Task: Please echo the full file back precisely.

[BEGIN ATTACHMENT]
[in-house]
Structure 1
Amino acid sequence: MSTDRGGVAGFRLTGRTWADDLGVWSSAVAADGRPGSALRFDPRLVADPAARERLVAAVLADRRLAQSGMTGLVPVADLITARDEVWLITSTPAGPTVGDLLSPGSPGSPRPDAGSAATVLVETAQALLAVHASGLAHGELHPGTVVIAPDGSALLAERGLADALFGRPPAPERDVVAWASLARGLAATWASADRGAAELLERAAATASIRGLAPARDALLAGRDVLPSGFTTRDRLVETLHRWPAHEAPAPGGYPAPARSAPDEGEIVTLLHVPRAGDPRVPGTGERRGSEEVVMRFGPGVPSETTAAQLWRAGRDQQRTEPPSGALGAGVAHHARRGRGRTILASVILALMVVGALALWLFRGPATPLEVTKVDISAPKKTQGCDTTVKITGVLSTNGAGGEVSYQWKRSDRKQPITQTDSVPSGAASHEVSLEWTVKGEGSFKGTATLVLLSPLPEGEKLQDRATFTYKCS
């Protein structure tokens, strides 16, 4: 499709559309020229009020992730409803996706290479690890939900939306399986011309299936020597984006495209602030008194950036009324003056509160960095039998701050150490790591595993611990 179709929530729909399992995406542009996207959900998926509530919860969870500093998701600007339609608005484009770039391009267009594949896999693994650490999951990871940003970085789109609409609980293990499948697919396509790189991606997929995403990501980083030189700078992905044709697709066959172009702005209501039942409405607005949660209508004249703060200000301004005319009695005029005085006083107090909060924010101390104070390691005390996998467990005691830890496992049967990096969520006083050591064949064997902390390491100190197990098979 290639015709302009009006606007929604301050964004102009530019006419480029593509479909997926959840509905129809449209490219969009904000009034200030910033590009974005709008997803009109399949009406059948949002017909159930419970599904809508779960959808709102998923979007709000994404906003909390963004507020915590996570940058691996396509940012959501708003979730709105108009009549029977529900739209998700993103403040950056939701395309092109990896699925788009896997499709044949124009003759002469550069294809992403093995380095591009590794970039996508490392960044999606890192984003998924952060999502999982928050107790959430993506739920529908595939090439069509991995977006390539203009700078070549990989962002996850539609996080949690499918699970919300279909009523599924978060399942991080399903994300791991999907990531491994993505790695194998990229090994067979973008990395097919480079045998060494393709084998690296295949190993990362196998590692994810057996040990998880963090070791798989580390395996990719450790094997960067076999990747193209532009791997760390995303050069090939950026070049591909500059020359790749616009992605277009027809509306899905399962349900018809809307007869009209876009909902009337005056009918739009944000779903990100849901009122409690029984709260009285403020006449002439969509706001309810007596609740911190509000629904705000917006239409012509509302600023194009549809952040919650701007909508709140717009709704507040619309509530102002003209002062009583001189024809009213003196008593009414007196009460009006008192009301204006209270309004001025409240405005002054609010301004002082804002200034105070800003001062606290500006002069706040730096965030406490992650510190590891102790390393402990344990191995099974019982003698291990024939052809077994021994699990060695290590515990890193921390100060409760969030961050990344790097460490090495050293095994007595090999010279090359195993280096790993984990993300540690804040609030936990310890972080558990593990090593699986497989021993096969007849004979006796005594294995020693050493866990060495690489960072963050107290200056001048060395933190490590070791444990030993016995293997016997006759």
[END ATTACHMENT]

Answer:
[in-house]
Structure 1
Amino acid sequence: MSTDRGGVAGFRLTGRTWADDLGVWSSAVAADGRPGSALRFDPRLVADPAARERLVAAVLADRRLAQSGMTGLVPVADLITARDEVWLITSTPAGPTVGDLLSPGSPGSPRPDAGSAATVLVETAQALLAVHASGLAHGELHPGTVVIAPDGSALLAERGLADALFGRPPAPERDVVAWASLARGLAATWASADRGAAELLERAAATASIRGLAPARDALLAGRDVLPSGFTTRDRLVETLHRWPAHEAPAPGGYPAPARSAPDEGEIVTLLHVPRAGDPRVPGTGERRGSEEVVMRFGPGVPSETTAAQLWRAGRDQQRTEPPSGALGAGVAHHARRGRGRTILASVILALMVVGALALWLFRGPATPLEVTKVDISAPKKTQGCDTTVKITGVLSTNGAGGEVSYQWKRSDRKQPITQTDSVPSGAASHEVSLEWTVKGEGSFKGTATLVLLSPLPEGEKLQDRATFTYKCS
């Protein structure tokens, strides 16, 4: 499709559309020229009020992730409803996706290479690890939900939306399986011309299936020597984006495209602030008194950036009324003056509160960095039998701050150490790591595993611990 179709929530729909399992995406542009996207959900998926509530919860969870500093998701600007339609608005484009770039391009267009594949896999693994650490999951990871940003970085789109609409609980293990499948697919396509790189991606997929995403990501980083030189700078992905044709697709066959172009702005209501039942409405607005949660209508004249703060200000301004005319009695005029005085006083107090909060924010101390104070390691005390996998467990005691830890496992049967990096969520006083050591064949064997902390390491100190197990098979 290639015709302009009006606007929604301050964004102009530019006419480029593509479909997926959840509905129809449209490219969009904000009034200030910033590009974005709008997803009109399949009406059948949002017909159930419970599904809508779960959808709102998923979007709000994404906003909390963004507020915590996570940058691996396509940012959501708003979730709105108009009549029977529900739209998700993103403040950056939701395309092109990896699925788009896997499709044949124009003759002469550069294809992403093995380095591009590794970039996508490392960044999606890192984003998924952060999502999982928050107790959430993506739920529908595939090439069509991995977006390539203009700078070549990989962002996850539609996080949690499918699970919300279909009523599924978060399942991080399903994300791991999907990531491994993505790695194998990229090994067979973008990395097919480079045998060494393709084998690296295949190993990362196998590692994810057996040990998880963090070791798989580390395996990719450790094997960067076999990747193209532009791997760390995303050069090939950026070049591909500059020359790749616009992605277009027809509306899905399962349900018809809307007869009209876009909902009337005056009918739009944000779903990100849901009122409690029984709260009285403020006449002439969509706001309810007596609740911190509000629904705000917006239409012509509302600023194009549809952040919650701007909508709140717009709704507040619309509530102002003209002062009583001189024809009213003196008593009414007196009460009006008192009301204006209270309004001025409240405005002054609010301004002082804002200034105070800003001062606290500006002069706040730096965030406490992650510190590891102790390393402990344990191995099974019982003698291990024939052809077994021994699990060695290590515990890193921390100060409760969030961050990344790097460490090495050293095994007595090999010279090359195993280096790993984990993300540690804040609030936990310890972080558990593990090593699986497989021993096969007849004979006796005594294995020693050493866990060495690489960072963050107290200056001048060395933190490590070791444990030993016995293997016997006759």